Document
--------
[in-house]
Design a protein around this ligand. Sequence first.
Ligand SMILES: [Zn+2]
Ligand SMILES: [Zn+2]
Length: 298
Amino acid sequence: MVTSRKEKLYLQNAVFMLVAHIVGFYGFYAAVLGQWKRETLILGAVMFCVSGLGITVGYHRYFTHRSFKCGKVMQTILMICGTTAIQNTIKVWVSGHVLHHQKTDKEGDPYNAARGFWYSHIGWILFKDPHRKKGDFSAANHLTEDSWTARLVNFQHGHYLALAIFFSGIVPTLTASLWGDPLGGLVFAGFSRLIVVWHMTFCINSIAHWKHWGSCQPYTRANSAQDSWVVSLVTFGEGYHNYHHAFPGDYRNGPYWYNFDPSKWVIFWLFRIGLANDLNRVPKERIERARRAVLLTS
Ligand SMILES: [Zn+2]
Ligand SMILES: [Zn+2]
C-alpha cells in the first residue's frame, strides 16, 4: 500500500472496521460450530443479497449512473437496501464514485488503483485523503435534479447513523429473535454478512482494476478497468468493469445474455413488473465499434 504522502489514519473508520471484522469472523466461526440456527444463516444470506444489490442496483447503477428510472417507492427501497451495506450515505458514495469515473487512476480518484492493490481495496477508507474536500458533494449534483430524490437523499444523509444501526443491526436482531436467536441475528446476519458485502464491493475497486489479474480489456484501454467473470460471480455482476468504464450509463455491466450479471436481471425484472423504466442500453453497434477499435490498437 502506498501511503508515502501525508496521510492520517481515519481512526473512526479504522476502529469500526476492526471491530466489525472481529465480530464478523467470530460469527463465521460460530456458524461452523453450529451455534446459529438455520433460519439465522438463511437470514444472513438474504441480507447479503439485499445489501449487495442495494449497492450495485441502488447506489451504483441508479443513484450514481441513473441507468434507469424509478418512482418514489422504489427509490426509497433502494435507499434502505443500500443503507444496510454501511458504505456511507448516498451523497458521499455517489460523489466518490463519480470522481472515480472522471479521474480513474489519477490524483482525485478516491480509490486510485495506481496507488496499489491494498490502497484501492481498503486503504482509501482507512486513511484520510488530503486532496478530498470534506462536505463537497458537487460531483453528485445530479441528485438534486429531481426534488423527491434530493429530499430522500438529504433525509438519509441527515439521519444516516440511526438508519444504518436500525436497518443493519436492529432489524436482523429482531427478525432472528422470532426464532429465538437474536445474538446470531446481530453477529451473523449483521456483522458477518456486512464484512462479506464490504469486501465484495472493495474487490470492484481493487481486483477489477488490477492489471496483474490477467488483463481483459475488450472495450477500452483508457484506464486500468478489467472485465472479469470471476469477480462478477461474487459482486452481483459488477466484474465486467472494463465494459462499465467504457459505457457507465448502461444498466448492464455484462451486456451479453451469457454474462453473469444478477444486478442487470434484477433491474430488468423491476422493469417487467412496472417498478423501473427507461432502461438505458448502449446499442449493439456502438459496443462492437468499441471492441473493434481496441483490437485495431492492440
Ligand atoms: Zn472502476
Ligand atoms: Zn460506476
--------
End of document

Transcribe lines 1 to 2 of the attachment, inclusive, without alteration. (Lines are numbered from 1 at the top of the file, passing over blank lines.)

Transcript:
[in-house]
Design a protein around this ligand. Sequence first.